I can’t talk about knitting styles without thinking about Roy Clark, because I’m a picker and he was a picker. His recent passing hit me with a flood of happy memories. Most Saturday nights of my 1970s childhood would find me snuggled into the shag carpet singing along to Hee Haw, while Roy picked his banjo at lightning speed with a giant smile on his face.
How do you knit: do you pick (Continental) or throw (English)? I do both, I started as a thrower, but in a quest to knit faster I taught myself to pick. I’m still a slow knitter, but faster than I used to be.
When I switched to picking, it changed my speed, and I noticed that it changed my gauge too. It wasn’t until after I became a spinner that I figured out what was happening.
Because I can’t quit talking about how yarn works, welcome to another installment of:
It’s Not You, It’s the Yarn
The combination of the direction a yarn is spun and your style of knitting might be a reason why you might not get the gauge/needle combo suggested on the ball band. How you knit affects your gauge and fabric, and ball bands lie.
Most commercial yarns are spun clockwise and plied counterclockwise. Depending how you knit you are either adding twist (tightening the yarn) or subtracting twist (loosening your yarn).
If you throw, wrapping the yarn around your right needle to make a stitch, it slightly twists the yarn clockwise and untwists the ply.
If you pick, scooping the yarn through a loop to make a stitch, it slightly twists the yarn counterclockwise and tightens the ply.
Fascinating cocktail party fact, or gauge killer?
Yes, and maybe.
Everyone’s knitting style and tensioning is different, and most of us have figured out ways to compensate for gauge weirdness caused by knitting style and yarns.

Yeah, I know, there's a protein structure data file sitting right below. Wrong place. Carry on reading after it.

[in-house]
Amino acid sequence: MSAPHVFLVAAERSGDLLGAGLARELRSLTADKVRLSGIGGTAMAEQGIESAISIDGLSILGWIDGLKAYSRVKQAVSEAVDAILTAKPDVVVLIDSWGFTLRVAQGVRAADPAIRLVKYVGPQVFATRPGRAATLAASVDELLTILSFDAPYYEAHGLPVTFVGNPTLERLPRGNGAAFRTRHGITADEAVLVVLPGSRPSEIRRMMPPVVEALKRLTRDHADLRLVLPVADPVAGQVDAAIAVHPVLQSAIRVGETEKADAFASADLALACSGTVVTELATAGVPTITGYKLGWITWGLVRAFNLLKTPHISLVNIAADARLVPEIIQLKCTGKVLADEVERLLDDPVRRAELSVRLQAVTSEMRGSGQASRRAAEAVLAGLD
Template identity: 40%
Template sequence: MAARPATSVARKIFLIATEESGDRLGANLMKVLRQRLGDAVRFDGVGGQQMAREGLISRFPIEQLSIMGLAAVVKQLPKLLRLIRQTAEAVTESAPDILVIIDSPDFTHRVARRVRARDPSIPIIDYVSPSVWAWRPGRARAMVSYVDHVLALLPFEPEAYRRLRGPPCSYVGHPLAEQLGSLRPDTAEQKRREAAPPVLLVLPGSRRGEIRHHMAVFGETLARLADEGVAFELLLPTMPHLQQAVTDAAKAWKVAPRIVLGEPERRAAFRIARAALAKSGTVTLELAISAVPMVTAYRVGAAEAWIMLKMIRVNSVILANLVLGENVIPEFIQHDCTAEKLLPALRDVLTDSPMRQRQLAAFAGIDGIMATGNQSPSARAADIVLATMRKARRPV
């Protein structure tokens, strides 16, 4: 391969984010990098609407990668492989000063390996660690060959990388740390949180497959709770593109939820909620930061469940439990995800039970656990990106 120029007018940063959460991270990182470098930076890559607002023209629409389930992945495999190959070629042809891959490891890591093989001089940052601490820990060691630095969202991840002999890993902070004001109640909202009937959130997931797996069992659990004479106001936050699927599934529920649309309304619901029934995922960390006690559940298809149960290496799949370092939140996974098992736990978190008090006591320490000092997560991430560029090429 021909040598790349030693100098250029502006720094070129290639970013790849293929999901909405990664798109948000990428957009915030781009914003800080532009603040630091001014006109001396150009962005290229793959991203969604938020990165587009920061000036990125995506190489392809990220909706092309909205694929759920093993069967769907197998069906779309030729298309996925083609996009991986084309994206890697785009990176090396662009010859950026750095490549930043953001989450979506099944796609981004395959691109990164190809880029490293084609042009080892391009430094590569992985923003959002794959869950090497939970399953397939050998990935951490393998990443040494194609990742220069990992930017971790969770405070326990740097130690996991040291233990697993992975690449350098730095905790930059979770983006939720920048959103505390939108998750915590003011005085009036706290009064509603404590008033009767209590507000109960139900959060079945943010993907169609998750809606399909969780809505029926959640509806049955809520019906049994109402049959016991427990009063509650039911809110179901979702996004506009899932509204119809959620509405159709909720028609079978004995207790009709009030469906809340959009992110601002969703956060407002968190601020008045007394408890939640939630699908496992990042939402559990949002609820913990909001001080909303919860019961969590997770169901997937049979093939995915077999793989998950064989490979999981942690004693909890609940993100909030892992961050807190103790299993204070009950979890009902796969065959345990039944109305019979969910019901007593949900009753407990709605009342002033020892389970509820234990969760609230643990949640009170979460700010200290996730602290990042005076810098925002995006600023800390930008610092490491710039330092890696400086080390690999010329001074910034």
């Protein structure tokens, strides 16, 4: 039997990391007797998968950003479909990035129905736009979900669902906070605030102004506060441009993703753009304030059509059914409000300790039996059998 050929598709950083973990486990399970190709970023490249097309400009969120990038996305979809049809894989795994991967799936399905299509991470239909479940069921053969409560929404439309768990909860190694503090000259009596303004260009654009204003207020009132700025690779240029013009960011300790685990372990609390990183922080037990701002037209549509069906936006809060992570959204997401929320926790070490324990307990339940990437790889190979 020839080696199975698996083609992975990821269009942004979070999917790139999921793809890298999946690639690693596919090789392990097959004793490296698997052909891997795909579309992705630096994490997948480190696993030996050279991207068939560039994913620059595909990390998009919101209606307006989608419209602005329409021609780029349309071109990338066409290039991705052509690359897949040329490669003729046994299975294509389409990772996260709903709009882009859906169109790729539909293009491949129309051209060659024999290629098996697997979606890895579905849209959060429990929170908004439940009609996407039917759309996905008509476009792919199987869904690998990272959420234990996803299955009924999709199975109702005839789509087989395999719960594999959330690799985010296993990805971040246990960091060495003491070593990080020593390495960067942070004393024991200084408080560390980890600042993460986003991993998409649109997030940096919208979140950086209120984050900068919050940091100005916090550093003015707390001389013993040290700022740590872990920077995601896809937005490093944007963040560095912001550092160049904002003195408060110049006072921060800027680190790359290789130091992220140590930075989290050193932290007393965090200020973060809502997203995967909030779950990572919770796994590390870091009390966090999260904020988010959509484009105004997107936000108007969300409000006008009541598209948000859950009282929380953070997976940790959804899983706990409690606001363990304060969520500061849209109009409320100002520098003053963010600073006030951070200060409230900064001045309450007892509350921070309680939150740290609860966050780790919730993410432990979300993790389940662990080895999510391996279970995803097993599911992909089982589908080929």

One Knitter, Two Swatches
Here’s what happens with my knitting.
I knit two swatches throwing one and picking the other, doing my best to keep my tension the same.
The yarn is Green Mountain Spinnery Weekend Wool. (Haven’t tried it? Getcha some! It’s a magical yarn that is both toothy and next-to-the-skin soft.)
My thrown swatch (on the left) has a gauge of 4.25 stitches per inch; my picked swatch (on the right) has a gauge of 4.5. For me, that’s a lot of difference, and answers why I had to buy a bunch of different needle sizes when I moved from throwing to picking. This was during the dark ages of knitting, before interchangeable needles.
It also gives me the answer to why my stranded, two-handed knitting always looks so weird: I’m knitting at two different gauges. I fix this by consciously changing my tensioning when throwing, or mostly just working two colors off of one finger.
Speaking of looking, here’s another thing about throwing. Even when I get my gauge to where I need it, by going down a needle size or two, my thrown fabric still looks different than my picked knitting. The untwisting that comes with throwing unplies the yarn, and leaves two strands side by side instead of twisted together. This gives knitted fabric a different look overall.
There are many commercial yarns that are very loosely plied, either for effect or to get more yardage out of fiber. These yarns are especially prone to stitches with parallel strands.
See where the arrow is pointing in the photo? It’s a stitch with two strands sitting next to each other, when they should be twisted together. Look around the photo, especially within the purple box, and you can see many stitches that are untwisted. They kind of look like coffee beans. It makes the fabric look uneven, and takes away from the durability that a plied yarn has.
One More Weird Thing
Here’s another weird thing: the way you pull your yarn from a yarn cake affects the yarn twist too.
If you pull from the inside it tightens the twist a little. If you pull from the outside, the twist stays the same.
I used a measuring tape to emphasize this effect.
So, if you throw, you can counteract the untwisting of the plies a bit by pulling the yarn from the inside of your cake. If you pick, pull from the outside to prevent overtwisting.
I would suggest to not knit double-stranded using an inside and outside strand of the same cake (or an inside and outside strand of two different cakes). The twist is different enough that they won’t nestle together well, and it will make your fabric look wonky. And nobody wants wonky fabric.
All of this is not to get you to switch knitting styles (#youdoyou), but to explain a reason why your gauge may go awry and why your fabric may look different from others in your knitting gang.
If a knitter is curious, or unhappy with their knitting. I want them to know what going on, and it’s almost always in the yarn.